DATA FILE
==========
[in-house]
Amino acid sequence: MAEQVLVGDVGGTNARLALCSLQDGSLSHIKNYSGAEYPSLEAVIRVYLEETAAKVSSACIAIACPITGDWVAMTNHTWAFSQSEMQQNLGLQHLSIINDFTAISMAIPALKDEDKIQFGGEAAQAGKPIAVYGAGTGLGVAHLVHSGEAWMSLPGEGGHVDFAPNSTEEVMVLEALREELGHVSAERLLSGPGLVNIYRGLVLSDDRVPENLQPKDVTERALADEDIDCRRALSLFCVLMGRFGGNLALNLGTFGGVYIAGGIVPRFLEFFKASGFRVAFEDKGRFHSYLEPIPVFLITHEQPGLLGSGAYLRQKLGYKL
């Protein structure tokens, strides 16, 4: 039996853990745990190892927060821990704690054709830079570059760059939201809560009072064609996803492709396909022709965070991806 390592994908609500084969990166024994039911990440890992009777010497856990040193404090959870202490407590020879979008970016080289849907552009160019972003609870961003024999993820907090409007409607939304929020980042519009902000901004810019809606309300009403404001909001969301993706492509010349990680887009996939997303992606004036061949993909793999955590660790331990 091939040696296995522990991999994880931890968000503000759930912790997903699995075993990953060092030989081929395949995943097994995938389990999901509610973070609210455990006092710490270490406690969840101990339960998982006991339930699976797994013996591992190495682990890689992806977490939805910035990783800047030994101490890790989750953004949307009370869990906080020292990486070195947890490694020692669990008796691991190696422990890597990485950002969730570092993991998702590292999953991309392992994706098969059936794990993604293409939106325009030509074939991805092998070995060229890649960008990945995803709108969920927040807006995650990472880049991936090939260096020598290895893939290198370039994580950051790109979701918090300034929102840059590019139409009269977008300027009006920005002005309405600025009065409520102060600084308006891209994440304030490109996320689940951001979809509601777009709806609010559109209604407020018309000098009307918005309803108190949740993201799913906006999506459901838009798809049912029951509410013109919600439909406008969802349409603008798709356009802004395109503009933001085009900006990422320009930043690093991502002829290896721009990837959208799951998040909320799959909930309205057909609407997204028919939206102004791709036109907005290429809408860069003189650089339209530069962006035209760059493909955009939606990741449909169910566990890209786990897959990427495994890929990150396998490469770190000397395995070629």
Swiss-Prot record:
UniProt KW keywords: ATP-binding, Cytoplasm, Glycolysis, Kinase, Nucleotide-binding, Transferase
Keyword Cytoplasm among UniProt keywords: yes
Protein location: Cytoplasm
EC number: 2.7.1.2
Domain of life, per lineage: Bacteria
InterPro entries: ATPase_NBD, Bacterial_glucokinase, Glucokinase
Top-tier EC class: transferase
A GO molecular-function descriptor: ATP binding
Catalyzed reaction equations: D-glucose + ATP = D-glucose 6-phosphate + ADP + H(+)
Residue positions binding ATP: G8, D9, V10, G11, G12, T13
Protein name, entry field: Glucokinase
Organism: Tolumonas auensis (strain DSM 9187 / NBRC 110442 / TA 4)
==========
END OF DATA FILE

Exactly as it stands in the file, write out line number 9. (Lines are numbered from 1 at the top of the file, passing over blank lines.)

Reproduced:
Domain of life, per lineage: Bacteria